Media Spotlight: Lench faces turbulent take-off for TV sales house

Launch initiates contest for channels against top sales players in TV. Mike Lench's attempt to launch an independent TV sales house has been generating great interest within the industry.

But, with trading and share points tight, his decision to go it alone has surprised many.

Lench is one of the grand old men of TV sales. Enormously popular among his peers - he is generally known as "Mike Lunch" - Lench became a millionaire following the Granada takeover of LWT in the early 90s.

Peers recount fond stories, such as the recent occasion when Lench visited his GP. When asked how many units of alcohol he drank a week and told that the maximum recommended limit was 28, Lench is reputed to have replied: "Dear boy, I spill more than that."

As for clients, so far he has only signed up S4C, a Welsh-language channel that can best be described as being on the fringes of media.

There are rumours that Lench is also in negotiations with the Hallmark Channel and Discovery Kids to represent their airtime sales. While being nice properties in themselves, these are hardly going to get the average TV buyer foaming at the mouth with excitement.

The obvious question, therefore, is why is he bothering?

While there is undoubtedly a market out there for those TV stations that, for whatever reason, are not happy with their current airtime sales arrangements, the key reason seems to be Lench's relationship with S4C, to which he has acted as a consultant since leaving TSMS in 1996.

It seems likely that because of Contract Rights Renewal, ITV has realised that it would be better off using its leverage for its own wholly owned channels rather than for any third-party contracts. S4C isn't part of the plan so it has, perhaps in desperation, tried to find alternative arrangements.

With Hallmark and Emap currently examining their contracts with Sky Media, the third-party sales arena has now gone into a state of flux.

With the multichannel TV explosion in the mid-90s, the trend was for the established media groups such as Granada, Carlton or Sky Media to represent them.

Indeed, the appointment of one of these players could add millions to a channel's share price. When the late lamented five detractor Adam Faith launched The Money Channel in 1999, he signed up Granada to represent airtime sales. Some £80 million was added to the share price overnight.

TV historians might remember that the channel was a complete failure and soon folded.

So what chance does Lench have of making a success of S4C and other channels that he may win the contract for?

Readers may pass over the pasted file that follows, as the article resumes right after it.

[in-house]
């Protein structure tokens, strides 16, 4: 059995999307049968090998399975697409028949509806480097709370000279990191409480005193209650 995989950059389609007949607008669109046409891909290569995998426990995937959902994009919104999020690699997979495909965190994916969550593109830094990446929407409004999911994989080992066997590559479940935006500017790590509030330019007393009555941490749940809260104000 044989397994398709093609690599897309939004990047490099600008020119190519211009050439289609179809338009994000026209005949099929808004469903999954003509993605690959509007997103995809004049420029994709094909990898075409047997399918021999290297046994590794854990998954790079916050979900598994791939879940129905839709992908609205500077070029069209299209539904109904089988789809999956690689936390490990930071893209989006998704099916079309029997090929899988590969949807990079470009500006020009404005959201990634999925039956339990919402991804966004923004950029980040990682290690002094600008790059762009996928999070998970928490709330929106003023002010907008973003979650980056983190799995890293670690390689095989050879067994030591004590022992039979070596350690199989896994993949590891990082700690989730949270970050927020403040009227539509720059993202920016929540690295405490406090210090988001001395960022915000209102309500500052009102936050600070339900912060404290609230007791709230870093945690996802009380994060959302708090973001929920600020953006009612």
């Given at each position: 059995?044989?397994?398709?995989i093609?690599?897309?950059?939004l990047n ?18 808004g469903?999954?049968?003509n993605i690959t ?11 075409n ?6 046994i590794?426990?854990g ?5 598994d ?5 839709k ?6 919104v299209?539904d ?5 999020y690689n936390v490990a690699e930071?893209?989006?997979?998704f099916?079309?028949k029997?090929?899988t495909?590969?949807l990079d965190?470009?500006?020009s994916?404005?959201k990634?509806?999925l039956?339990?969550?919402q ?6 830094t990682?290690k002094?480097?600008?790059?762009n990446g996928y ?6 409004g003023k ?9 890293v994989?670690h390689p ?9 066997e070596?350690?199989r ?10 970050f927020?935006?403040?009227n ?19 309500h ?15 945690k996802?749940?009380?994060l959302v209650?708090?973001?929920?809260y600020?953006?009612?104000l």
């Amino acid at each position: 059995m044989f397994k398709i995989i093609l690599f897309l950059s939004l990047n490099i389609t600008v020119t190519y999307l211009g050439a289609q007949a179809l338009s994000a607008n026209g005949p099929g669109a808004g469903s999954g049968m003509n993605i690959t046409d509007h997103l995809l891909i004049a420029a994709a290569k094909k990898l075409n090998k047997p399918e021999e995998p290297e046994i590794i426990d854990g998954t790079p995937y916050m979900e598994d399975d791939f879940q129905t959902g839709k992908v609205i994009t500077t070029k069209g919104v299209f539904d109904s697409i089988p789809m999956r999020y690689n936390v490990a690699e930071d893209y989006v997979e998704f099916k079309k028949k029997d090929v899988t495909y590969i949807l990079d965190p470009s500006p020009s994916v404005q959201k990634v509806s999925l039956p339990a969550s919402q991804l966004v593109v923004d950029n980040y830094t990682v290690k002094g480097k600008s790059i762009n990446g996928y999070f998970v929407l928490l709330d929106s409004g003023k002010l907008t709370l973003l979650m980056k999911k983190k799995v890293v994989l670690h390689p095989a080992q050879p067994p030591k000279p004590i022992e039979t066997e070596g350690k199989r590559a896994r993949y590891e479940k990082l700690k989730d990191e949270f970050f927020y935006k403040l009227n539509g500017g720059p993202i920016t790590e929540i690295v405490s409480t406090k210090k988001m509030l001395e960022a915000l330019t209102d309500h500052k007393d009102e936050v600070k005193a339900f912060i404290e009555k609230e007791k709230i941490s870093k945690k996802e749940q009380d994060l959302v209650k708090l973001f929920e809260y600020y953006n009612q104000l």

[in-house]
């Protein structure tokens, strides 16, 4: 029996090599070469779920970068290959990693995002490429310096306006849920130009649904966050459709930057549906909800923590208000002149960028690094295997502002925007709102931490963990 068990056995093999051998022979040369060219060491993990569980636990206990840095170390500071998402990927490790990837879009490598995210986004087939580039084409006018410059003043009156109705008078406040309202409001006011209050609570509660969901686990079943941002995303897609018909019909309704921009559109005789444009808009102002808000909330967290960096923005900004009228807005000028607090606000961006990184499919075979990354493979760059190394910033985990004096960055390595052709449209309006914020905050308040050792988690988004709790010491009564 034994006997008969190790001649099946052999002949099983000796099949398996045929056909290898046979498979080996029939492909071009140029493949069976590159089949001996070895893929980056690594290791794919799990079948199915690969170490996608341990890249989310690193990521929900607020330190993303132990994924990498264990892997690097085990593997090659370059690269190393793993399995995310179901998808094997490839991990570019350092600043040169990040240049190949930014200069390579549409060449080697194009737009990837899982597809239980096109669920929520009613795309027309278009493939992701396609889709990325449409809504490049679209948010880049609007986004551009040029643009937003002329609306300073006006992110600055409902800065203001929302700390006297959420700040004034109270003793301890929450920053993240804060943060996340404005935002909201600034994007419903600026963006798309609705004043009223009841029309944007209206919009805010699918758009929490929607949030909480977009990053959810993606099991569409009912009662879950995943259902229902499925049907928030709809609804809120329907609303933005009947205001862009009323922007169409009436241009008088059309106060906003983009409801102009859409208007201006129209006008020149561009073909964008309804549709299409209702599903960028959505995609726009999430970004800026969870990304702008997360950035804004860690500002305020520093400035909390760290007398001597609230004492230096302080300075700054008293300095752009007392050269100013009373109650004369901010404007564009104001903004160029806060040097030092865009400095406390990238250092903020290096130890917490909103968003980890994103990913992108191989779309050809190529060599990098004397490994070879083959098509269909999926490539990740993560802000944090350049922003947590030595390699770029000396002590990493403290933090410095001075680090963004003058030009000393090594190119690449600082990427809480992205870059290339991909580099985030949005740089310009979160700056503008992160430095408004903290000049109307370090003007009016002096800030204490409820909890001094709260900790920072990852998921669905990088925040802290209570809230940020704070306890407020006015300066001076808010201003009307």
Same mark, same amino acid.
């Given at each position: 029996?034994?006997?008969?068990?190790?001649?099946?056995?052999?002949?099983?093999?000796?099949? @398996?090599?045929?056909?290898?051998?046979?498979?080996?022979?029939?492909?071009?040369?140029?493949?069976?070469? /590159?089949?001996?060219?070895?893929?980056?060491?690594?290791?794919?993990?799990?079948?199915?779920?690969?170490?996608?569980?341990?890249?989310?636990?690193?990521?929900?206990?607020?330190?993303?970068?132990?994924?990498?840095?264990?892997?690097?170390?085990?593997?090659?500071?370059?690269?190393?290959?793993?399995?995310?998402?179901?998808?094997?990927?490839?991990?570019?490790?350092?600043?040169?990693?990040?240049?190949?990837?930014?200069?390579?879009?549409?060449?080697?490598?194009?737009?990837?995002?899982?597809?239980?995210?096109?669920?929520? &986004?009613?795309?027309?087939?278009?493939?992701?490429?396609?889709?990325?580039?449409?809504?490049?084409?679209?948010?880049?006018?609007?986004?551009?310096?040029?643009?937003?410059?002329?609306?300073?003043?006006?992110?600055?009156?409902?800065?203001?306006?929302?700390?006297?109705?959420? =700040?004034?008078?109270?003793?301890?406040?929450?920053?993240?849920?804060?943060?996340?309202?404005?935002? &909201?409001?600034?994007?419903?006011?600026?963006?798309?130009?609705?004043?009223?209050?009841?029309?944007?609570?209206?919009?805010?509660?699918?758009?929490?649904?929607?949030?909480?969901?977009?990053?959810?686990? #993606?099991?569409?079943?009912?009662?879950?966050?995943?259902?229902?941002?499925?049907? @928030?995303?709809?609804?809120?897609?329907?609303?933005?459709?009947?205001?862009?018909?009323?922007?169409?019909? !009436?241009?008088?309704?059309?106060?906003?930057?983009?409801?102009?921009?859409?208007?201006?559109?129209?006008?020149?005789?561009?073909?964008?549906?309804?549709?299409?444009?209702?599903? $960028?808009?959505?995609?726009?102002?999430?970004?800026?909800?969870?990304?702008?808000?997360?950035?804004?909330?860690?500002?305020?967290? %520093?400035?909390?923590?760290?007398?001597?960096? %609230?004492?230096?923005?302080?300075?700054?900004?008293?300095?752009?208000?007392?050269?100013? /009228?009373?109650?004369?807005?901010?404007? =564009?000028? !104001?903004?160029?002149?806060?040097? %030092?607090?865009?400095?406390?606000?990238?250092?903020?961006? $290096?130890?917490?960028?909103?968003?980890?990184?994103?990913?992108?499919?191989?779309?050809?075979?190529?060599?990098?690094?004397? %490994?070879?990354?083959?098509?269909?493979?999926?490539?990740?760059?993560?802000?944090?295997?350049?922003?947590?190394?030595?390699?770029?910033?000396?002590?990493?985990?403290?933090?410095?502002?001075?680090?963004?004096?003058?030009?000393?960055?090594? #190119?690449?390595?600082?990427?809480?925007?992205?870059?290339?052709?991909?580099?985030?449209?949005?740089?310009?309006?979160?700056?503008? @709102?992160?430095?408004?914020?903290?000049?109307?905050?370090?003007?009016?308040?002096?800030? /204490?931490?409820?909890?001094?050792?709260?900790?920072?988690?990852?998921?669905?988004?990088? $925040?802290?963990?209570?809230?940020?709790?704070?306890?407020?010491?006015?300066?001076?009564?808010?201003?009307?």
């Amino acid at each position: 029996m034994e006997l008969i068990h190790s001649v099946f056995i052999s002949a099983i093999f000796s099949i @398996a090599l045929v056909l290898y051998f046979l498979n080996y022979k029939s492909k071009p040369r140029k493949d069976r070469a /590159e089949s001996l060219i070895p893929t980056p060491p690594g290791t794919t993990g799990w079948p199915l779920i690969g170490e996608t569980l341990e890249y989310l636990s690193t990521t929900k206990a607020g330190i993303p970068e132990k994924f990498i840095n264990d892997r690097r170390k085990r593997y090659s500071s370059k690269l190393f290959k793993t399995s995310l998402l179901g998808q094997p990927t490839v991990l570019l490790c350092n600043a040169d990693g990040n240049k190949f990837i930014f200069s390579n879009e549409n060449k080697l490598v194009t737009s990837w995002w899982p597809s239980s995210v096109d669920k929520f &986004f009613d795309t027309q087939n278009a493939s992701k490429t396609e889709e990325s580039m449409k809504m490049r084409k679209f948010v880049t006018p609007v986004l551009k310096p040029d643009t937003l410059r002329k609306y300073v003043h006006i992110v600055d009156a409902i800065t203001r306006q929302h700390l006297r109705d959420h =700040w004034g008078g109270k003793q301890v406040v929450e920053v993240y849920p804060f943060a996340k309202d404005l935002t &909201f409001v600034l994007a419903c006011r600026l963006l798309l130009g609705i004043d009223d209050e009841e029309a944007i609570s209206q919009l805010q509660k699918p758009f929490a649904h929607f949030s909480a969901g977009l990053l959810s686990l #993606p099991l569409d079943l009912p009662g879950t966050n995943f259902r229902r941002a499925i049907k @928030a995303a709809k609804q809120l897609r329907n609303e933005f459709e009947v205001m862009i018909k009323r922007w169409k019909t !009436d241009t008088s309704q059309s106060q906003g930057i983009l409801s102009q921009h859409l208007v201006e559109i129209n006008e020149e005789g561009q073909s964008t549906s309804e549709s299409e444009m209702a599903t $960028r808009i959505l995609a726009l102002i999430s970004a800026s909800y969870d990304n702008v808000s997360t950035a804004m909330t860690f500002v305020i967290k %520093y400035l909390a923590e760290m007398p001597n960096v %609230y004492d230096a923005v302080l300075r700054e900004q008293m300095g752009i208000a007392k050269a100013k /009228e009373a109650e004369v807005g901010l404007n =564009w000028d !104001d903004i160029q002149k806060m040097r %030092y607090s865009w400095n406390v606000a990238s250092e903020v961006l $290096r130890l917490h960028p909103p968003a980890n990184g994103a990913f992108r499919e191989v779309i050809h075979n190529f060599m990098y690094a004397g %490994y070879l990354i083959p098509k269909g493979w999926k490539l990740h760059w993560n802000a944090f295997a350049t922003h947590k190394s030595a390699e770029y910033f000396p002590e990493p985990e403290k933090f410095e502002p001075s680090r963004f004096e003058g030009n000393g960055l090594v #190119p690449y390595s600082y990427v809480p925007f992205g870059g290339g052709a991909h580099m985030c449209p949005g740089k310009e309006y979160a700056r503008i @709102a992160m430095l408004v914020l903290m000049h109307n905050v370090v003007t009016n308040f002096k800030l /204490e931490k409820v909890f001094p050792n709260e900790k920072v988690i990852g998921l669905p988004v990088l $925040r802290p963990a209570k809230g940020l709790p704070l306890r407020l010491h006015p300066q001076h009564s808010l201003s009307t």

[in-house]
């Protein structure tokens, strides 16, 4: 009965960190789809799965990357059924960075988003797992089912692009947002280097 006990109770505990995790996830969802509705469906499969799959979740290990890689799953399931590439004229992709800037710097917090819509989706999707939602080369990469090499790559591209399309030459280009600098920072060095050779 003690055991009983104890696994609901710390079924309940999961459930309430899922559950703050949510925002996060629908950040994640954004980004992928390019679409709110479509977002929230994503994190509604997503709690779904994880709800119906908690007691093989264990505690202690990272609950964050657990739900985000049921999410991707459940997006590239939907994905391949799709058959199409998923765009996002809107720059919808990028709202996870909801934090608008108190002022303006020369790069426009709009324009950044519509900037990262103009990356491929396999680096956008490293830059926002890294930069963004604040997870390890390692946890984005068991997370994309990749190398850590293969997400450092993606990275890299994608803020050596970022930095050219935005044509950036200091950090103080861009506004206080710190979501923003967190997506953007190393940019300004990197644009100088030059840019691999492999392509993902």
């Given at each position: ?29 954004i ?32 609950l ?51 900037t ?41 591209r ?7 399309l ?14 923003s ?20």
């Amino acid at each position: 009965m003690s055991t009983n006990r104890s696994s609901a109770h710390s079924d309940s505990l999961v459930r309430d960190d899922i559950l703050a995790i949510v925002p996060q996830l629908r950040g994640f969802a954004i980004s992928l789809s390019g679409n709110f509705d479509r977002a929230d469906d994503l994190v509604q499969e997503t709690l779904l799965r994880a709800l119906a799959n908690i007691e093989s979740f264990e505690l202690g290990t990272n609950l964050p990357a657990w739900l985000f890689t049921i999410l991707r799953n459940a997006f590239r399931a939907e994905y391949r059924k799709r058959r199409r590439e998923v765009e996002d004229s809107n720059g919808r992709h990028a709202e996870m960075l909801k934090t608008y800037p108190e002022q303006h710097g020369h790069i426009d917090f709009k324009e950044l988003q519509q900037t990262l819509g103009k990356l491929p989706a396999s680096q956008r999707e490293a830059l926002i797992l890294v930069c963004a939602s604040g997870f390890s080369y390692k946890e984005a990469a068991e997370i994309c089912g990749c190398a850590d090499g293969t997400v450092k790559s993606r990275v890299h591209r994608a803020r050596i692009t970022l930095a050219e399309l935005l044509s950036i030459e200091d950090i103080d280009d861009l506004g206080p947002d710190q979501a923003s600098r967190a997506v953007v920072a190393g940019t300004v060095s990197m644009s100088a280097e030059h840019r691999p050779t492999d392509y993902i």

Independent sales teams have to be better than their counterparts at the large sales houses, like Sky Media, where airtime is bundled in with other channels.

"It's great for a media owner to have a dedicated sales team as they know the product better and are therefore more passionate about selling it," Bijan White, the broadcast director at Manning Gottlieb OMD, argues.

Perhaps then, Lench will be able to convince advertisers to take the Principality more seriously and encourage more local advertisers to advertise on television.

However, there is a counter argument that he will struggle to get on any client or agency radar, because he is hardly selling the most compelling proposition.

White says: "If you are relatively small, being in a big organisation such as ITV Sales or Sky Media is a comfort blanket and you are more likely to get access to see agencies and clients."

This lack of scale, combined with a lack of leverage, will be one of the main problems that Lench is going to encounter.

John de Napoli, the managing director of the independent TV sales house Digital Media Sales, knows how difficult getting in to see agencies can be. His privately owned sales house represents a ragbag of channels, none of which can be described as a "must have" on any buyer's schedule.

"It's more difficult being independent - it's a proper sales job and you apply different skills," de Napoli confesses.

Mike Parker, the head of client and strategic sales at Channel 4, says that Lench's existing relationships with broadcast directors might help him in his efforts.

"The strength with Mike Lench is that he's got a fantastic relationship with most senior agency personnel and has done a good job as a consultant for S4C," he argues.

That may be true, but no broadcast director is likely to bother spending time thinking about what share to give to channels of S4C's size. Such decisions are likely to be left to the most junior members of the TV department -and Lench's contacts aren't so good in this arena.

It seems that Lench has got quite a challenge ahead of him if he is to make a success of his venture.


Sky Media

All Sky channels (including Sky music channels); National Geographic;

Adventure One; The History Channel; The Biography Channel; Hallmark

Channel; Emap music channels; Discovery (all except Discovery Kids);

MUTV; Chelsea TV

Digital Media Sales

The Horror Channel; Reality TV; Travel Channel; Motors TV; Game Network;

Overload; NASN; Channel U; Rapture; Classic FM TV; Performance; Teletext

Holidays; M Channel


UKTV channels; LivingTV; Trouble; Bravo; Challenge; Ftn; Extreme Sports


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